Our Fuller Model 1, which is labeled “Fuller’s Spiral Slide Rule,” was obtained from a bank in New Jersey, where they were “cleaning out the closet.” It has a frame made of mahogany, including its solid handle. Many of the more modern Fullers had a hole in the end of the handle which allowed for it to be placed into a rod to hold the slide rule up at an angle for the user. This early model has no such hole, and its early wooden box allows for the handle to protrude out the end of the box,^{49} while later models had boxes that surrounded the handle as well as the cylinder attached to it.

The main outer cylinder of the slide rule has a diameter of approximately \(d\) = 3.2 in and its scale has a total height of \(h\) = 5.5 in. The helix goes through a total of \(N\) = 50 rotations. Thus, the total length of the single-decade logarithmic scale on the slide rule is

\[ L_{eq} = 50\cdot\sqrt{ (\pi\cdot 3.2~{\rm in})^2 + (5.5~{\rm in} / 50 )^2 } \approx 503~{\rm in} \] Since it is 50 times longer than the length of the standard 10-inch slide rule, the Fuller was able to compute answers to four significant figures without difficulty, and in many circumstances to five significant figures.

In addition to the 500-inch helical scale, there is a single-turn linear scale at the top of the outer cylinder which goes from 000 to 020, the “000” being aligned with the “1” on the helix. Since there are 50 turns in the helix, each turn around the cylinder increases the logarithm of a number by 0.02. So, by keeping track of what “turn” a number is on and by reading off the number on the circular “020” scale, the logarithm of any number on the helix can be found to approximately 4 significant figures. Counting the turn number is performed using a special scale along the major cursor of the slide rule, which runs from 0 to 100 in 0.02 gradation.

The Fuller uses two cursors to perform calculations. The longest cursor has two indicators A and B, one at the bottom end of the cursor (B) and one roughly mid-way down the cursor (A). This long cursor is attached to the top of the slide rule (the handle being at the bottom). This cursor can also be rotated independent of the base and of the main cylinder containing the logarithmic scale. Then, there is another, shorter cursor which is attached directly to the base of the slide rule. This cursor has a free “tip” which is referred to as indicator F (for “fixed”). If the scaled cylinder is moved to the bottom of the rule, then F can be aligned with 1 on the scale; if the cylinder is moved to the top of the rule, then F can be aligned with 10 on the scale.

To illustrate a basic multiplication calculation on the Fuller calculator, let’s take 173 times 24 to get 4152. We set the number 173 onto the fixed indicator, F. We then bring either the A or B indicators to either the 1 or 10 on the scale, whichever can be performed. (Like any slide rule, a number might go “off-scale” in one direction or the other.) In our case, we move the A to 1 (and the B makes it to 10). Then, we leave the indicators alone, and move the cylinder to line up 24 on the A or B indicators (A in our case).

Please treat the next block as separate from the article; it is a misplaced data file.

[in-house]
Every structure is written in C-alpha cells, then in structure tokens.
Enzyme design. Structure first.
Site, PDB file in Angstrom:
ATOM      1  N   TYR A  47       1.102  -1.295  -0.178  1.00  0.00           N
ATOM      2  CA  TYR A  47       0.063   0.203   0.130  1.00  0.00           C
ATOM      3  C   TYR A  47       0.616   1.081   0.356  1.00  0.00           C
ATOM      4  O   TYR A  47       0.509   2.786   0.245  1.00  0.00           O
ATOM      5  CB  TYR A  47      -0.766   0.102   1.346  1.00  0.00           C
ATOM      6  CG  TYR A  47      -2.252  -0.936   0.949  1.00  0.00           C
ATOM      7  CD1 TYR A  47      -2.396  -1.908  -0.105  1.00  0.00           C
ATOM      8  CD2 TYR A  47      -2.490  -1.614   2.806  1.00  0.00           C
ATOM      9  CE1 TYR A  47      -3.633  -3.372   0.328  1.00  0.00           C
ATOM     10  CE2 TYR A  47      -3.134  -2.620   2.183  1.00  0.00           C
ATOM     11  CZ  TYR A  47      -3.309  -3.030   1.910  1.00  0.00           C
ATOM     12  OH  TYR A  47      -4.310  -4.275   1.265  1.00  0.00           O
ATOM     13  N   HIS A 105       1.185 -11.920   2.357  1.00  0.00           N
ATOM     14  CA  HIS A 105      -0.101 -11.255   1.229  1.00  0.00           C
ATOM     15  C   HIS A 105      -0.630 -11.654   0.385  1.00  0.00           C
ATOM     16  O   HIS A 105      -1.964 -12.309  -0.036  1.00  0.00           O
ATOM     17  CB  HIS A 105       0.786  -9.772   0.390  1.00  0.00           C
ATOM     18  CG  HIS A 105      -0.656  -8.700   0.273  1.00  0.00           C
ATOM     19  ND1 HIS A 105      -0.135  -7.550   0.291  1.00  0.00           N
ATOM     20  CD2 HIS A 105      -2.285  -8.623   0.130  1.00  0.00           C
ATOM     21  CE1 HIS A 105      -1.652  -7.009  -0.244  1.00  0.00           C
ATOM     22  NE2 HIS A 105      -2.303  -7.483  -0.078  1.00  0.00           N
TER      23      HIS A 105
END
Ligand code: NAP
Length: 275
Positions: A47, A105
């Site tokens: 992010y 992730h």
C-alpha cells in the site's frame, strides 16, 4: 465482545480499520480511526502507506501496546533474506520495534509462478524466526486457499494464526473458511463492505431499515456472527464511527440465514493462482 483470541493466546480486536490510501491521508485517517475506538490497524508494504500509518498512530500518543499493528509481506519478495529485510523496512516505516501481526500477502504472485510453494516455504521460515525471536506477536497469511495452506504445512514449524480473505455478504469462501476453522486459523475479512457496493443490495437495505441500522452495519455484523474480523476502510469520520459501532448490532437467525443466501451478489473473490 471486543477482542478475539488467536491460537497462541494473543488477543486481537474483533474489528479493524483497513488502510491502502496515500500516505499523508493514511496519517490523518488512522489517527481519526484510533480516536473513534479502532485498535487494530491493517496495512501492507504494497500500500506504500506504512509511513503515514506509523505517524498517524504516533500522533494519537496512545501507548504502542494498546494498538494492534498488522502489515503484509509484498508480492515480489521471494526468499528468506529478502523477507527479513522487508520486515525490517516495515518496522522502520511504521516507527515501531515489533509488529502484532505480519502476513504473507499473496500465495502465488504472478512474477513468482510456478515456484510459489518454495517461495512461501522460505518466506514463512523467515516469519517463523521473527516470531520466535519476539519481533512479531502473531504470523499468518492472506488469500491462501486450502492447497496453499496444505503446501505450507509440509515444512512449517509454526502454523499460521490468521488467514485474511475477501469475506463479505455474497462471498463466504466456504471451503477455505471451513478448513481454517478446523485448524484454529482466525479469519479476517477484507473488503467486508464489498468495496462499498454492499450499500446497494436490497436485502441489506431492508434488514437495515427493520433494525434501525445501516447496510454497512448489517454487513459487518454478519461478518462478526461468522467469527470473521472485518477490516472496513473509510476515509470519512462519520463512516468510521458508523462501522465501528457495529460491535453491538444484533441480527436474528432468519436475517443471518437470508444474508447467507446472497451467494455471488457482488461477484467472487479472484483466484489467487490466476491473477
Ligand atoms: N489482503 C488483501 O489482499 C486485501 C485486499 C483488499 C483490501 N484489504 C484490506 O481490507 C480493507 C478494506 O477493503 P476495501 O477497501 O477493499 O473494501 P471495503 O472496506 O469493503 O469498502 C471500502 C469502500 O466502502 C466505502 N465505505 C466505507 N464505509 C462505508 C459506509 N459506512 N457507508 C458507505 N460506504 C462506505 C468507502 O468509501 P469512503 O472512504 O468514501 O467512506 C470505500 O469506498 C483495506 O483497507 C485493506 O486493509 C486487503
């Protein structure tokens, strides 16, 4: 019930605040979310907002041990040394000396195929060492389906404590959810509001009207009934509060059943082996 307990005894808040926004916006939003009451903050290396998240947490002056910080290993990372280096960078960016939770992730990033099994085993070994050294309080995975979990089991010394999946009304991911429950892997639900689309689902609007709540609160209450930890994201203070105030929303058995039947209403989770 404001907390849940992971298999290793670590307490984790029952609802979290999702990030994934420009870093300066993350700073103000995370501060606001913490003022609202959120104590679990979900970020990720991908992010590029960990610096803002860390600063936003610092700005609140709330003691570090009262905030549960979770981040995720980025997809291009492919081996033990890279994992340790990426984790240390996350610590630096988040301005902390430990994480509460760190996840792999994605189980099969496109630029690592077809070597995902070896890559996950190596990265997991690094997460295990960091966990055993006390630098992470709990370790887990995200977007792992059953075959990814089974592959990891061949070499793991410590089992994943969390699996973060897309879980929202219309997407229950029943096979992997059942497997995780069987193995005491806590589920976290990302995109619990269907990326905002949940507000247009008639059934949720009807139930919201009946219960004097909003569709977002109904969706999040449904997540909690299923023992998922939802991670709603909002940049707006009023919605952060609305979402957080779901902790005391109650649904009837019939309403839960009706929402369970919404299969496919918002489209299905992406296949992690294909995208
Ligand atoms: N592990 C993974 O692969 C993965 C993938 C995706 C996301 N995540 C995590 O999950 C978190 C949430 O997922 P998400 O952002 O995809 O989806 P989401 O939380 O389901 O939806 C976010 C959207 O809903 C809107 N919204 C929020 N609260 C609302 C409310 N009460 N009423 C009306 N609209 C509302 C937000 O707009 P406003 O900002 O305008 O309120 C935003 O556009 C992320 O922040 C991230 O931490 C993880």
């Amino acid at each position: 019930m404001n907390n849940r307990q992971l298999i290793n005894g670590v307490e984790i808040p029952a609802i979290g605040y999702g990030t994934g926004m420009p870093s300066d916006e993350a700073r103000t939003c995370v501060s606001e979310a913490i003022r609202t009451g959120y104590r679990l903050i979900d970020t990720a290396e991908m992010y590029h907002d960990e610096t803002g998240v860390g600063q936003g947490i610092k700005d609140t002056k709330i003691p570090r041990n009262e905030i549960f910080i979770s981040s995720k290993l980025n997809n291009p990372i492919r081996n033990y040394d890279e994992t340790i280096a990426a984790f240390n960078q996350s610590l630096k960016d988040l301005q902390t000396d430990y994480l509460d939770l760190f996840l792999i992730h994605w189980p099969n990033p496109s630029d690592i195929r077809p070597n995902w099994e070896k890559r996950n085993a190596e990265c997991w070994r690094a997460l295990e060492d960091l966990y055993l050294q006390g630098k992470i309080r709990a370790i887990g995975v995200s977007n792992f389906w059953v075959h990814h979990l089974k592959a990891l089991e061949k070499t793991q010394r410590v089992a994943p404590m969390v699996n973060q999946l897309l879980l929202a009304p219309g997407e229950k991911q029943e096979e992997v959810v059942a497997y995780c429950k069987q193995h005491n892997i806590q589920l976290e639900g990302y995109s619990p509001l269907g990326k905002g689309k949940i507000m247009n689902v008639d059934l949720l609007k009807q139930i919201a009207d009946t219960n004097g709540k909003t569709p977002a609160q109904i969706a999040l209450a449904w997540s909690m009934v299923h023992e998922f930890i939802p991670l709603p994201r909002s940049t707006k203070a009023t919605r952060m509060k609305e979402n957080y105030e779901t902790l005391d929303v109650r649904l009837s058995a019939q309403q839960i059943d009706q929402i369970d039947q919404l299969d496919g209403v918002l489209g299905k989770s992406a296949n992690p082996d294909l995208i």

The result will be found at the fixed indicator, F: 4152.

Again, if you carefully rexamine this series of movements you’ll be able to see that we are simply adding distances along the axis of the slide rule which are proportional to the logarithms of the numbers of interest.

To find the logarithm of a number using the Fuller, let’s take the log of our result above. Naturally, the log of 4152 is the same as 3 + the log of 4.152. Keeping that in mind, we slide the cylinder toward the top of the rule, and rotate it to align the number 4.152 with the A indicator. From our “020” scale, we see that the long brass cursor passes by the number 0183. We also note that the fractional number at the top of this cursor that lines up with the top line of the spiral scale is “0.60.” This tells us that the log of 4.152 = 0.60 (from the number of turns) + 0.0183 (from the fractional rotation) = 0.6182. Hence, the log of 4152 will be 3.6183. Let’s check by computer: \(\log(4152)\) = 3.618257.

Rather than going on with many other examples, the reader is referred to the well-written instructions that came with the Fuller Calculator.

Further information on the Fuller Calculators can be found at:

- Wayne Feely and Conrad Schure, “The Fuller Calculating Instrument,”
*Jour. Oughtred Soc.*Vol 4.2 (1995) p33.

- Wayne Feely and Conrad Schure, “Update of Known Fuller and Thacher Rules,”
*Jour. Oughtred Soc.*Vol 5.1 (1996) p25.

- Peter M. Hopp,
*Slide Rules – Their History, Models, and Makers*, Astragal Press (1999) pp.113-114,221.

- Wikipedia,
*Fuller Calculator*, https://en.wikipedia.org/wiki/Fuller_calculator.